The U.S. Constitution applies to everyone, everywhere

At least that’s how a judge in Hawaii sees it.

“His basis for doing so was an extraordinary interpretation of the right to travel and the freedom of association, which before, has only been associated with U.S. citizens,” Barnes continued. “Every court decision in the 200 years prior to this has said that people who are not citizens of the United States, who are not present within the United States, have no First Amendment constitutional rights. The Constitution doesn’t extend internationally to anybody, anywhere, anyplace, at any time. Instead, this judge said it did, as long as you had a university here who wanted to assert, quote-unquote, the foreigner’s rights, or you had some physical person here. In this case, it was one of the leading Muslim imams in Hawaii; he wants to bring over various family and friends from the Middle East.”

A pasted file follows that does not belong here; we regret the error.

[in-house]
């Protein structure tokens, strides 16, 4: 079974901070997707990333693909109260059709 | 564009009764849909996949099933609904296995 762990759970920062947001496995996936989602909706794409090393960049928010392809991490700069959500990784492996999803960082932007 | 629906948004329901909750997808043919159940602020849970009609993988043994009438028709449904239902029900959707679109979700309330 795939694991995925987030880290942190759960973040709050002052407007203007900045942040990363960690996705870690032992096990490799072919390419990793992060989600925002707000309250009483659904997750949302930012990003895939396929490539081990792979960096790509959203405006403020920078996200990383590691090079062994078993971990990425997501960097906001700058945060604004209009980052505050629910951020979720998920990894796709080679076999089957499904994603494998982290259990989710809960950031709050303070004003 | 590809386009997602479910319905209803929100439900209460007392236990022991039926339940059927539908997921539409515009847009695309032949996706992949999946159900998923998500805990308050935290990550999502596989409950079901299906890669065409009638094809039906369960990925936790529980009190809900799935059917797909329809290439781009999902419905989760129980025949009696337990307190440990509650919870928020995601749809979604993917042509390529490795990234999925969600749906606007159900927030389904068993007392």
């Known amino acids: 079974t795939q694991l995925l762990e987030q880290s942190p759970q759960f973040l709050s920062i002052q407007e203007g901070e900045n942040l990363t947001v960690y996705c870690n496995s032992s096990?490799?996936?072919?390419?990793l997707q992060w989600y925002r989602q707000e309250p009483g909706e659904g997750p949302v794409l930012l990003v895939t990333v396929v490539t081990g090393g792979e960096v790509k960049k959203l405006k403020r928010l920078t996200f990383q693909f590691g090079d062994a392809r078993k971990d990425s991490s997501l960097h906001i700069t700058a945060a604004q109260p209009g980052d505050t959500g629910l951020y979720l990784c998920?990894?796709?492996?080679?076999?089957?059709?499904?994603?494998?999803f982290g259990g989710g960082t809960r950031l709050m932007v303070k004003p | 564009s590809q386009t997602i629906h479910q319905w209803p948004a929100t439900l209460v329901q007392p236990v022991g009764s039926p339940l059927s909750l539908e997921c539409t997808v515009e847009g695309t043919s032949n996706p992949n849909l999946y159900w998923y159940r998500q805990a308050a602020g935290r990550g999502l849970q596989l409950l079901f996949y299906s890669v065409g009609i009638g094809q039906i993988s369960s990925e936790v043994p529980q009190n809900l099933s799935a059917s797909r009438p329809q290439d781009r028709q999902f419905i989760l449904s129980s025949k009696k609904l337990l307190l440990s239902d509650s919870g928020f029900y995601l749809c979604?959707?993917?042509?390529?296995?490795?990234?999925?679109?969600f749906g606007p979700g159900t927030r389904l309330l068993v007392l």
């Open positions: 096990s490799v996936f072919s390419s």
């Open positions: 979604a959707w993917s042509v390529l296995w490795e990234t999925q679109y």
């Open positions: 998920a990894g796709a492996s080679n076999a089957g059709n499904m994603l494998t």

“The Hawaii judge’s decision says he has a First Amendment constitutional right to do so because he’s Muslim. It was one of the most extraordinary interpretations of the Establishment Clause of the First Amendment ever given, which is that because these are Muslim countries that were banned where the issue of terror arises from that that meant they had a special right to access the country and visit the country,” he said.

“As long as there is somebody here that wants them here, no president can ever preclude them from coming here. He basically gave First Amendment rights to everybody around the world and gave special preferences to people who are Muslim under his interpretation of the First Amendment,” Barnes summarized.

 

This is an astonishing case of judicial overreach. The law doesn’t mean anything to our courts anymore.

I’m no attorney, but on the basis of common sense alone President Trump should ignore this ruling. In the words of Andrew Jackson, “Well, they’ve issued their decision; now, they can enforce it.”

UA-2941127-3